Frank Heinemann (TU Berlin)
In symmetric binary-choice coordination games, the global-game selection (GGS) has been proven to predict a high proportion of observed choices correctly. In these games, the GGS is identical to the best response to Laplacian beliefs about the fraction of players choosing either action. This paper presents an experiment on asymmetric games in which the GGS differs from the best response to Laplacian beliefs. It shows that the best response to Laplacian beliefs is a better predictor of behavior in these games than the GGS. In the considered games, the GGS provides poor guidance and also fails to give the right qualitative comparative statics predictions. Simple cognitive hierarchy models yield better predictions. The best response to a Laplacian belief about the distribution of other players’ actions yields the best prediction. Comparing maximum likelihood estimates for four probabilistic models shows that an estimated global-game equilibrium fits worse than a rather simple level-k or Laplacian-belief model combined with a standard error-response function.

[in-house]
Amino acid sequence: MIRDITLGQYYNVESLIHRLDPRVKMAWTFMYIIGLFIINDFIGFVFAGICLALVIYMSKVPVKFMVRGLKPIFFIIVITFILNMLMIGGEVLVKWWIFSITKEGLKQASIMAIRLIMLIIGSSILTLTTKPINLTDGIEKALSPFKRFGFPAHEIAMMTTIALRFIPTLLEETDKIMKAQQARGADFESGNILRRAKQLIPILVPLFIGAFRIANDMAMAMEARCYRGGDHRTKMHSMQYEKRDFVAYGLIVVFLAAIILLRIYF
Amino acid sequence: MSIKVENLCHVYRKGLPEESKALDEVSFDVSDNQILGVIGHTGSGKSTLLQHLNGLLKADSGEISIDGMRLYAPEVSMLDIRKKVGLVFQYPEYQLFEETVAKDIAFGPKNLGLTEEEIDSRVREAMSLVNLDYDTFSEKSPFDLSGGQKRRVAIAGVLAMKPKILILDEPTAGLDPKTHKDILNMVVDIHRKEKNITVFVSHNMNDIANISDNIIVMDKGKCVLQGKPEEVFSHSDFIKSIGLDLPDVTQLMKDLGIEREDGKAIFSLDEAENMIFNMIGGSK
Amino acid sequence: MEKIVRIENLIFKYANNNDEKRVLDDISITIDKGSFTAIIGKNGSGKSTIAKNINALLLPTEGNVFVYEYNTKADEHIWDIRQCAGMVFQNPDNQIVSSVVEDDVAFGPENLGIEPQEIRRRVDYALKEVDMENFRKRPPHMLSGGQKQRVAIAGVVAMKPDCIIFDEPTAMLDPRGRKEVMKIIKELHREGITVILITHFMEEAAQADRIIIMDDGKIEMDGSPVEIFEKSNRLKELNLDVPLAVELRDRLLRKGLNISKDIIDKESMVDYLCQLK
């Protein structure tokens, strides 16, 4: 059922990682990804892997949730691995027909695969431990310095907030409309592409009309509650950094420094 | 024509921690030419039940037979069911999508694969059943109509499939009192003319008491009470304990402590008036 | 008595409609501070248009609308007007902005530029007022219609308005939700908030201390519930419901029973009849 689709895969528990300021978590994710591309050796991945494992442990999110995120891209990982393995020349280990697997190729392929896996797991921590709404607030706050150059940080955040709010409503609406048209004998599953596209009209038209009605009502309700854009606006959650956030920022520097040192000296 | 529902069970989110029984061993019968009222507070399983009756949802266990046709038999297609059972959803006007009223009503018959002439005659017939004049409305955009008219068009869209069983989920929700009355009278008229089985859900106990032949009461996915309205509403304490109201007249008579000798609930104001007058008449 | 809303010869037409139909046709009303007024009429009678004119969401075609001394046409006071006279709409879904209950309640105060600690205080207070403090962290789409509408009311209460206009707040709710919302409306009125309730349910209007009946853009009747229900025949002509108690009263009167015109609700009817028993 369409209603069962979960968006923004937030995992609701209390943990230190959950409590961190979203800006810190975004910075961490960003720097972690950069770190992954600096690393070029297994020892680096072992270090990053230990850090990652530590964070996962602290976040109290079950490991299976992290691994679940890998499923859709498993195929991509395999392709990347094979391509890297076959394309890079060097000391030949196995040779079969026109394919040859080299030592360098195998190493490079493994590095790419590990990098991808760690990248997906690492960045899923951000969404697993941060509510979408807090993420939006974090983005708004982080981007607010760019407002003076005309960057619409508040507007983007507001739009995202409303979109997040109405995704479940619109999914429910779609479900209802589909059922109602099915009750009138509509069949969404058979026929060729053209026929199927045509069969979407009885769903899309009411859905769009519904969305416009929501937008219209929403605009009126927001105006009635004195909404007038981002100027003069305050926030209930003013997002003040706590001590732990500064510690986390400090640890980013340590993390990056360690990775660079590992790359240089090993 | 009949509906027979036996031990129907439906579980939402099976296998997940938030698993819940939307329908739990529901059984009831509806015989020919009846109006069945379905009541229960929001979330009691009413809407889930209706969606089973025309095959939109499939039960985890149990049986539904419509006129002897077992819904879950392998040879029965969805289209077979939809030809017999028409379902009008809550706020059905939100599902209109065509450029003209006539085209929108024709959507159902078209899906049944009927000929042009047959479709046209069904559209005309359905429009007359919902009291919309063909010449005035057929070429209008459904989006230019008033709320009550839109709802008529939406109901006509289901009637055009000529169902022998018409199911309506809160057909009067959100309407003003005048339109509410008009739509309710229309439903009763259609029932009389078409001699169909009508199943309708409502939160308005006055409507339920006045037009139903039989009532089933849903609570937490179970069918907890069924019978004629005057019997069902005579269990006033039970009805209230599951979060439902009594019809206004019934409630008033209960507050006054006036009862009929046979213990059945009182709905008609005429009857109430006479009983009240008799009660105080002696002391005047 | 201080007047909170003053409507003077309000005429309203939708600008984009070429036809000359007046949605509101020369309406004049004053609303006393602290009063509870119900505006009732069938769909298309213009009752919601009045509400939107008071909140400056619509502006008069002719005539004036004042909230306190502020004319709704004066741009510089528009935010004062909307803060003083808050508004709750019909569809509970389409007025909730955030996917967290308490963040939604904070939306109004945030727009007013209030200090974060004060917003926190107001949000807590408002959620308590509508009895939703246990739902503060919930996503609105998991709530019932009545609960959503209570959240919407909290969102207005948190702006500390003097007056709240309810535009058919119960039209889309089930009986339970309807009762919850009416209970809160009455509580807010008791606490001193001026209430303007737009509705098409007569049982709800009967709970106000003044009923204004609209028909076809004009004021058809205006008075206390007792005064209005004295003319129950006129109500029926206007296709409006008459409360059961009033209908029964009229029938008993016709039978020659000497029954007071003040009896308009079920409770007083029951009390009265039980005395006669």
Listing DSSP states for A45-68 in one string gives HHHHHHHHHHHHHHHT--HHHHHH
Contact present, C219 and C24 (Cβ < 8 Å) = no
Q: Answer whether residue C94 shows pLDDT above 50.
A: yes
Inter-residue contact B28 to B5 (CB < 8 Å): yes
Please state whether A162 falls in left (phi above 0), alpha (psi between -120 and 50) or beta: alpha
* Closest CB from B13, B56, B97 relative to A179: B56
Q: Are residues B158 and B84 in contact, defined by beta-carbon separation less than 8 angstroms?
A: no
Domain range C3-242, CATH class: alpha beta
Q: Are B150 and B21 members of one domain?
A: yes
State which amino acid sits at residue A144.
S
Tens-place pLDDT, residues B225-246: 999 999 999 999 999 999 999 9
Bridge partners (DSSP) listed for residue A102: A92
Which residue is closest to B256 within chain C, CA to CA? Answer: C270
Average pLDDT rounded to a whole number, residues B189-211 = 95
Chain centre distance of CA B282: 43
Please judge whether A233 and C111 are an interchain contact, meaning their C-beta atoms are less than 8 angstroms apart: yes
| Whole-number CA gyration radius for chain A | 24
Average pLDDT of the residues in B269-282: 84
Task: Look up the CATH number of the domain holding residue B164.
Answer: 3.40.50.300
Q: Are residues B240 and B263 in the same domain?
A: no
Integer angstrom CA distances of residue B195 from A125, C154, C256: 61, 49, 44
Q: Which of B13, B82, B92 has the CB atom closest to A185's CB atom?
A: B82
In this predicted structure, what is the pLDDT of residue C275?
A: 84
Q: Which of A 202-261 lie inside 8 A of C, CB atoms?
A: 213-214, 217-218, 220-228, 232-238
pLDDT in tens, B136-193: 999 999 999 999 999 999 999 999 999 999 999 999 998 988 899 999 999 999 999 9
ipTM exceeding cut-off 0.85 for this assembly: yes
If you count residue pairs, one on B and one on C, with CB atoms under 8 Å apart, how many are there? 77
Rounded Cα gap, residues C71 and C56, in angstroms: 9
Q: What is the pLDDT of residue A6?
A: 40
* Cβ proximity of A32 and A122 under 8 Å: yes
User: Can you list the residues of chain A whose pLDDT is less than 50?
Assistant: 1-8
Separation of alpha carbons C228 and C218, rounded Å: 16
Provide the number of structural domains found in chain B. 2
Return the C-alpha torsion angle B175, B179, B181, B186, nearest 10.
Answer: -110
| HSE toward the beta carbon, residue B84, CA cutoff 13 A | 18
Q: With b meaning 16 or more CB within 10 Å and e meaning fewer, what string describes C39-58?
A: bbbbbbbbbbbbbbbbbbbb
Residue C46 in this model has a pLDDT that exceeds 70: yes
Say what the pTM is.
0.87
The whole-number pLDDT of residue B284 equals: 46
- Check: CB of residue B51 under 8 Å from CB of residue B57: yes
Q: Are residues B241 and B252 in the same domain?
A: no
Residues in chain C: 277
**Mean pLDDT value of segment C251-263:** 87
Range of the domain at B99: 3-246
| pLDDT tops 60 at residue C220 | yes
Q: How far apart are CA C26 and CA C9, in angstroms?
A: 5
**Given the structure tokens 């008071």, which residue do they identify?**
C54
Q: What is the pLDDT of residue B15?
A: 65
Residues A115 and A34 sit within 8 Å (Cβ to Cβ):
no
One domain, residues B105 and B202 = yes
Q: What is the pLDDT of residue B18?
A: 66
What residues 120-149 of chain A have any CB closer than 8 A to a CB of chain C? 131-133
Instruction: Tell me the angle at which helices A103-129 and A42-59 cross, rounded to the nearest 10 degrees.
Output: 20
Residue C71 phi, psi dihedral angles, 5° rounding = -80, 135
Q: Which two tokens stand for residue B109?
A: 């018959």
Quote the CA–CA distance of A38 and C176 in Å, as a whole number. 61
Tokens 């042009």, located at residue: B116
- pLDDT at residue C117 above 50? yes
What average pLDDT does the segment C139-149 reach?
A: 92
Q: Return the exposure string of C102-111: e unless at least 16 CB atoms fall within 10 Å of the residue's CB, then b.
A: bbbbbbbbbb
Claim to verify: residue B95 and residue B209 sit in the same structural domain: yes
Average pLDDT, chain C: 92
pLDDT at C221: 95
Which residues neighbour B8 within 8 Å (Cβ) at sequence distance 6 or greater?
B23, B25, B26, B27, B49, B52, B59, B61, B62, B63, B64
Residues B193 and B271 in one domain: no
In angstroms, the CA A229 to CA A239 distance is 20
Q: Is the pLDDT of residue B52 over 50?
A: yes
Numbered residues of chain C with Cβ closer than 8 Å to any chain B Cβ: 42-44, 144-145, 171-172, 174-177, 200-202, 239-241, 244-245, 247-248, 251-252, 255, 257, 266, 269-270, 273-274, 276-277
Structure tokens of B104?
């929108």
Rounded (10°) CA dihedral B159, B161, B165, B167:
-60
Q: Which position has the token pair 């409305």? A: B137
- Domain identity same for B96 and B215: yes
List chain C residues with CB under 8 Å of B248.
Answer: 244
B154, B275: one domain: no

coordination games; equilibrium selection; global game; Laplacian beliefs; private information; network effects
C72; C91; D81